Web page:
What makes the clothing you manufacture ethical?

We have invested heavily in to becoming a manufacturer who offers ethical and sustainable fabrics like organic cotton, bamboo viscose and hemp for use by our customers. This is something that we have done following a trend over the past couple of years for eco friendly clothing, and the increased awareness of it via bloggers like yourself. The demand is definitely on the increase, seeing our customer base go from being 5% ethical a couple of years ago, to now having 15% fuly ethical brands and a further 10% using ethical fabrics in their ranges. We aim to increase this figure exponentially by offering more clients the option of sustainable fabrics at a reasonable price, taking away from the “fast fashion” image which the industry currently has.

What would be your number 1 tip on how to support/promote sustainable fashion?

Because we have put so much in to being able to offer sustainable fabrics to our clients, we are already seeing more and more brands appearing on the market which use these who otherwise would not have. Our number 1 tip to promote sustainable fashion is via social media, however. We actively promote sustainability via our blogs, and have recently written an article on the subject which can be found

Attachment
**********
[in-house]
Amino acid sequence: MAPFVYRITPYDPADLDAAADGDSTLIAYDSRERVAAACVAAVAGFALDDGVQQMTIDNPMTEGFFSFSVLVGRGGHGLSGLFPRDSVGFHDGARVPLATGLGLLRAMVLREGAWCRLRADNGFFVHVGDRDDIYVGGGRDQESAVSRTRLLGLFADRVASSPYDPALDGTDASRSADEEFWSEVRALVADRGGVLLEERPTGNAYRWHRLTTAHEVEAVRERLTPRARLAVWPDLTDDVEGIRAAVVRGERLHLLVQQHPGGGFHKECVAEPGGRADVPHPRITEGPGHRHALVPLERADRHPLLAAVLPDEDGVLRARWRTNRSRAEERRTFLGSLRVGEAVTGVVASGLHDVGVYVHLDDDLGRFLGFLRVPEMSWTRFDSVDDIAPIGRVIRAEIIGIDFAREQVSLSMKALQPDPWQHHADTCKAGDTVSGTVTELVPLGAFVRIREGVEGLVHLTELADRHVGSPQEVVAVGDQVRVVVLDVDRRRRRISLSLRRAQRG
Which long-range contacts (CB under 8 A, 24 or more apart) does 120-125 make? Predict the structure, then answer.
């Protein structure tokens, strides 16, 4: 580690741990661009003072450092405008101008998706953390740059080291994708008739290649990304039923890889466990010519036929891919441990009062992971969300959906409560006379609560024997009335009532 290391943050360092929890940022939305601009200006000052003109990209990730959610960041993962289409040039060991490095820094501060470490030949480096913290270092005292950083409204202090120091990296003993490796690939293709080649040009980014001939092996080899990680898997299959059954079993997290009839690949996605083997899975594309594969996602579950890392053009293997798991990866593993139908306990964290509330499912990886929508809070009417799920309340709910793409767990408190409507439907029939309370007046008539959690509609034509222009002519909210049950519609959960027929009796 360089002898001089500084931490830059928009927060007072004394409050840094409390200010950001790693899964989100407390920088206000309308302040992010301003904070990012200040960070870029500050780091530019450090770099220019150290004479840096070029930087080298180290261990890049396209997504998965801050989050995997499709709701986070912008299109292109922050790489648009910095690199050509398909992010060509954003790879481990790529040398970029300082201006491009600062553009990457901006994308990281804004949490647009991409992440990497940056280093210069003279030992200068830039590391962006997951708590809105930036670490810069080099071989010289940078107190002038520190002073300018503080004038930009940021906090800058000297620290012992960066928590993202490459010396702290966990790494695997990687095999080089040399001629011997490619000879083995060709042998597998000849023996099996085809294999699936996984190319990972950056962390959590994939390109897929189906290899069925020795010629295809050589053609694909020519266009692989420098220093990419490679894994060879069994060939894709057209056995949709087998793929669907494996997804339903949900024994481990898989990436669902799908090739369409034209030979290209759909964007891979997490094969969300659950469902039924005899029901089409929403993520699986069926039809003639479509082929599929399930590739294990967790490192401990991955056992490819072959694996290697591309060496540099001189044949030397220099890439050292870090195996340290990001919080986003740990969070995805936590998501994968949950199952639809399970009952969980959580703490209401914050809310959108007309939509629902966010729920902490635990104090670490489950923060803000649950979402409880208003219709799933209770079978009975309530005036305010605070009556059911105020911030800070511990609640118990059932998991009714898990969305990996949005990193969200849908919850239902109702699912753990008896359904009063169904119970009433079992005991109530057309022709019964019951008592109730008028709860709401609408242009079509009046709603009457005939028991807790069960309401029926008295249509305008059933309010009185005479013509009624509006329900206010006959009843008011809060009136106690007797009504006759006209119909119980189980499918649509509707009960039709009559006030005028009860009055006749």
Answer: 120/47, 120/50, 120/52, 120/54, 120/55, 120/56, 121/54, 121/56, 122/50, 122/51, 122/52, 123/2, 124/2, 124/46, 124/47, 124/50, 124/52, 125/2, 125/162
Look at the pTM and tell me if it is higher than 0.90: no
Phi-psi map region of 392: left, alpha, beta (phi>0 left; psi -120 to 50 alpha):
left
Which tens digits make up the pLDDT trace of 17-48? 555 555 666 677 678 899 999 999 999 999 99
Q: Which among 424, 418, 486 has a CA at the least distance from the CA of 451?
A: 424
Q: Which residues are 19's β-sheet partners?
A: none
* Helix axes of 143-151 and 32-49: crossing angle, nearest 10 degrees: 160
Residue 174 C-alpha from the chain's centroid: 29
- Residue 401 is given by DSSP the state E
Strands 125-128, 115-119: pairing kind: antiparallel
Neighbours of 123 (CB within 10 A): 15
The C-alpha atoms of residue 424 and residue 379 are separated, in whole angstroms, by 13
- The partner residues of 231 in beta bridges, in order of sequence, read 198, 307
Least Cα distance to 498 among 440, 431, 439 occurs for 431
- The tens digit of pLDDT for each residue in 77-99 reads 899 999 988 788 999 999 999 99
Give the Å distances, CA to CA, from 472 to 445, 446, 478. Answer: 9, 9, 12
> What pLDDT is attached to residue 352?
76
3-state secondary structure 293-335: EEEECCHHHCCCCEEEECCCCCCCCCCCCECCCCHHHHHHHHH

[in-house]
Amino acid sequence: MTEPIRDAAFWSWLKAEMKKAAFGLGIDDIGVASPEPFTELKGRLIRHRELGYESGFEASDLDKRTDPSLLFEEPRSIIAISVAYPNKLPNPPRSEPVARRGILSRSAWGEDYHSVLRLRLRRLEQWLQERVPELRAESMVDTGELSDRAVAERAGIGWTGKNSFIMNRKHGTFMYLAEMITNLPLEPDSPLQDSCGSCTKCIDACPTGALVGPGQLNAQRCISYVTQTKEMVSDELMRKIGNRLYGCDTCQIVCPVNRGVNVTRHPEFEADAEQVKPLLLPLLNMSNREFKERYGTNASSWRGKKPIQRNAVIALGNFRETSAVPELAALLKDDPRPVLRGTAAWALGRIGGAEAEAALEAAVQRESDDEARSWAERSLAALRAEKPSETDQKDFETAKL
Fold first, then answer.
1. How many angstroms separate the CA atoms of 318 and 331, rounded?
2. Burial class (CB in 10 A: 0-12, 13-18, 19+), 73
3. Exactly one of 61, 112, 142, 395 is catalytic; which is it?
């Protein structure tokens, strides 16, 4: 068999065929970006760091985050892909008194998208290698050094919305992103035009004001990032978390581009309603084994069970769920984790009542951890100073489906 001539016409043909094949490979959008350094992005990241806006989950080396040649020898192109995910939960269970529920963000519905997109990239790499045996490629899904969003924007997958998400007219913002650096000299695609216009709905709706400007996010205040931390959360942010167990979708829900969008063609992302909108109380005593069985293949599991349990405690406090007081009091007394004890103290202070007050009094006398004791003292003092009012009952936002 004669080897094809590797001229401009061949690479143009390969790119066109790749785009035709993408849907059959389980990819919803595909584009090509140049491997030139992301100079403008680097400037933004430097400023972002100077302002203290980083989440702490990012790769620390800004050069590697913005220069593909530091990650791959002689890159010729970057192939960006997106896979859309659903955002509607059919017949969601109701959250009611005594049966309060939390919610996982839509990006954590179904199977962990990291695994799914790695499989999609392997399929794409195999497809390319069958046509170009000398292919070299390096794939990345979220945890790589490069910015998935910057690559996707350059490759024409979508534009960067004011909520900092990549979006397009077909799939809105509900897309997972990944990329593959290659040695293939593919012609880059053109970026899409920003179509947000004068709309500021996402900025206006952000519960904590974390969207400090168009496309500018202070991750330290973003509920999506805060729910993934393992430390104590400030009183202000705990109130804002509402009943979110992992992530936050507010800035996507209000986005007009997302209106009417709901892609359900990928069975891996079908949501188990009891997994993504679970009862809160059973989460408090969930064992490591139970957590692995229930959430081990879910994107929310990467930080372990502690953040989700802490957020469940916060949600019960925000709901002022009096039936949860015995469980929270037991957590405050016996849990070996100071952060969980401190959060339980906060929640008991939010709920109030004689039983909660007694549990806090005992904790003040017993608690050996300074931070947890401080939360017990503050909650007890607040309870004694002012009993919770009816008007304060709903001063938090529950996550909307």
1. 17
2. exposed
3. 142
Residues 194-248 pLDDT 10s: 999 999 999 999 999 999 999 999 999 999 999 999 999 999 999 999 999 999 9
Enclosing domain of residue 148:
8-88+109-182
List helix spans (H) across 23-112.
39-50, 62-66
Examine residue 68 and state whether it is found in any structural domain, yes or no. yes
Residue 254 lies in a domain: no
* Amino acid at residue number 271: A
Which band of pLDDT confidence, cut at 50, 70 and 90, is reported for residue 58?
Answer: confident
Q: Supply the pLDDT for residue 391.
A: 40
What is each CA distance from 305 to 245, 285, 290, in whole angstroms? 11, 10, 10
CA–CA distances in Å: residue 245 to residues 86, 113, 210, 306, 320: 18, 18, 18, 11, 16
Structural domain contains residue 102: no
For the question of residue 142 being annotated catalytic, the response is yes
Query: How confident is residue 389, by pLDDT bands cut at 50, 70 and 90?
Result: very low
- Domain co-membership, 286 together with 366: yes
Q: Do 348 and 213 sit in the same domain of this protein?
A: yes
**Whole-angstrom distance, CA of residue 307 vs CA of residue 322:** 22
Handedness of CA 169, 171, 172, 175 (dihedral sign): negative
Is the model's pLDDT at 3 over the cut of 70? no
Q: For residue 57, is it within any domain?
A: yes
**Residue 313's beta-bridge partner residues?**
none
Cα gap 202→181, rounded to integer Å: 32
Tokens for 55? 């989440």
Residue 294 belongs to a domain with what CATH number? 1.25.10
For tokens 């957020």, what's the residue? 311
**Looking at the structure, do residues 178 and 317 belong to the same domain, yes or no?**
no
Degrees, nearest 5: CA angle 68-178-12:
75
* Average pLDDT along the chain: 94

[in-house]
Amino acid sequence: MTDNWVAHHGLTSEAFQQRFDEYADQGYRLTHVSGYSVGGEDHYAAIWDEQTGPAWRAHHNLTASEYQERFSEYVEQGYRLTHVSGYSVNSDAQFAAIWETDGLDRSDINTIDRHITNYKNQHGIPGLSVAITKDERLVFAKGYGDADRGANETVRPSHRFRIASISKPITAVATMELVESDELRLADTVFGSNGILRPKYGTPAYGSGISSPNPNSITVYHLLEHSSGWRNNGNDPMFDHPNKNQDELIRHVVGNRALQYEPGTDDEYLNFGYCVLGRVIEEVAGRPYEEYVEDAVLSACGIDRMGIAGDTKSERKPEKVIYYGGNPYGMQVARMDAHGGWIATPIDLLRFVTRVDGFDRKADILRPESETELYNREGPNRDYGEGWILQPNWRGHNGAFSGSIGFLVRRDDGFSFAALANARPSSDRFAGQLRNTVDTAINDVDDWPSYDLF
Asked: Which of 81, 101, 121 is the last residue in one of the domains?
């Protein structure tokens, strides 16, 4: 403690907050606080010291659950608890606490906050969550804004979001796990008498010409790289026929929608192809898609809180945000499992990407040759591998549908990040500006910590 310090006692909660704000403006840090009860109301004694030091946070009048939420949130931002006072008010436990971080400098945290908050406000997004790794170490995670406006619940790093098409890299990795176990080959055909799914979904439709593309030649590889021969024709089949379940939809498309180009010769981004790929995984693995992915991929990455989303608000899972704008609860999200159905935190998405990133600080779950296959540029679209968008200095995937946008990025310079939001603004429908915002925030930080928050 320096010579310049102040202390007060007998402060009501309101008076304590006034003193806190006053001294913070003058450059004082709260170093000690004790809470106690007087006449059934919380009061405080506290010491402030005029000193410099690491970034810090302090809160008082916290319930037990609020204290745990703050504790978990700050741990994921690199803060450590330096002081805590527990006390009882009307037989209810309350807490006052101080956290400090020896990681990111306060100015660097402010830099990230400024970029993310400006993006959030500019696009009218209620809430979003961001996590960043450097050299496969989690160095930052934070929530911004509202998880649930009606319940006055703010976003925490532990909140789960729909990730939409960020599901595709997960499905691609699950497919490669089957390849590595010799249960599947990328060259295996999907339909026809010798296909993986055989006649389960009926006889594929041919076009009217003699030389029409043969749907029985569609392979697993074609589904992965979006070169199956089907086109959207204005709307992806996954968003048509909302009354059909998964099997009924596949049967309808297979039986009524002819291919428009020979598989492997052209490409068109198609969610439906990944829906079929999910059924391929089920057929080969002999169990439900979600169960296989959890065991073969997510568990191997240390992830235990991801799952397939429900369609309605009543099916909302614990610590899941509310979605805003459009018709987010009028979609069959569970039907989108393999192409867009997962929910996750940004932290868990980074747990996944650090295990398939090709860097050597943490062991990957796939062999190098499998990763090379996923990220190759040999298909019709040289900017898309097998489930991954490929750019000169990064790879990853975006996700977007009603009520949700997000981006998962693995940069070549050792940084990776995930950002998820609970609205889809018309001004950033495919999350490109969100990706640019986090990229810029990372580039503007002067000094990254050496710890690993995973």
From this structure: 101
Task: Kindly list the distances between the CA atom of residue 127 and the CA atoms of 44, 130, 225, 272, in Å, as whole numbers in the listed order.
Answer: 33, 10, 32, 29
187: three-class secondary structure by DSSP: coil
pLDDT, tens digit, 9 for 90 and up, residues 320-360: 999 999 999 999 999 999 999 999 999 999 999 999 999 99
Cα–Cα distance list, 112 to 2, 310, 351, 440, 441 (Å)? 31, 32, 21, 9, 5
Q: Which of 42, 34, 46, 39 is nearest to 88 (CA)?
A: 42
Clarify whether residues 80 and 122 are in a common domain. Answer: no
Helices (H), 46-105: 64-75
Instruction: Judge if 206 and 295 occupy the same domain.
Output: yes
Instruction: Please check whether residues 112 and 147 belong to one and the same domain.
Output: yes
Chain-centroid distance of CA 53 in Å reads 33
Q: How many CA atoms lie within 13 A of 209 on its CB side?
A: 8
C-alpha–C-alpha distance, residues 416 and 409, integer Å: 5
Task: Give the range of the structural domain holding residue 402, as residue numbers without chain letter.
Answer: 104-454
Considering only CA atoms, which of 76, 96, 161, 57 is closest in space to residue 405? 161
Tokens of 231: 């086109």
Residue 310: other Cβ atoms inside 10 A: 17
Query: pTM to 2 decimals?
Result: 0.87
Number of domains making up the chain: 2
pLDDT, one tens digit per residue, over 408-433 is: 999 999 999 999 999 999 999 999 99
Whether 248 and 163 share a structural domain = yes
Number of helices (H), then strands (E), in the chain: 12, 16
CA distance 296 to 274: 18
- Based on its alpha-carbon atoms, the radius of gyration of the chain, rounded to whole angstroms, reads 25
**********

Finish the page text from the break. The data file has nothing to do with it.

here. By working with bloggers like yourselves we believe that collaboratively we can raise awareness of the challenges currently faced by the industry.

How can you as a manufacturer discourage disposal of the clothing you produce?
We are working very hard on the awareness of sustainable fashion at the moment, and a part of that will naturally include the disposal stage of clothing. One of the great things about sustainable clothing is that because it uses no harmful chemicals to produce, it is a higher quality fabric and lasts longer, so effectively you wouldn't have to worry about disposal for a longer period of time. With that being said however, the disposal of the clothing once it's come to the end of its life is down to the end user. As a manufacturer we have little sway over the actions of the end user, however by promoting sustainability as best as we can, we will help to bring about the general public to thinking more about how the clothing they wear can have an effect on the environment and therefore, think twice about recycling rather than disposing of.

I absolutely loved being able to ask Hawthorn questions about sustainable clothing, it's a subject I've been curious about and I loved the answers they provided! Thankyou so much Hawthorn, I'll definitely be putting more thought into my clothing their life cycle!

What do you think of sustainable clothing? Can we as a consumer make a difference?

Until next time guys,

keep updated with my social medias to see what I'm also up to:

I've just launched my own independent business so here is my shop too : Witchcrafts

(This post is in collaboration with Hawthorn)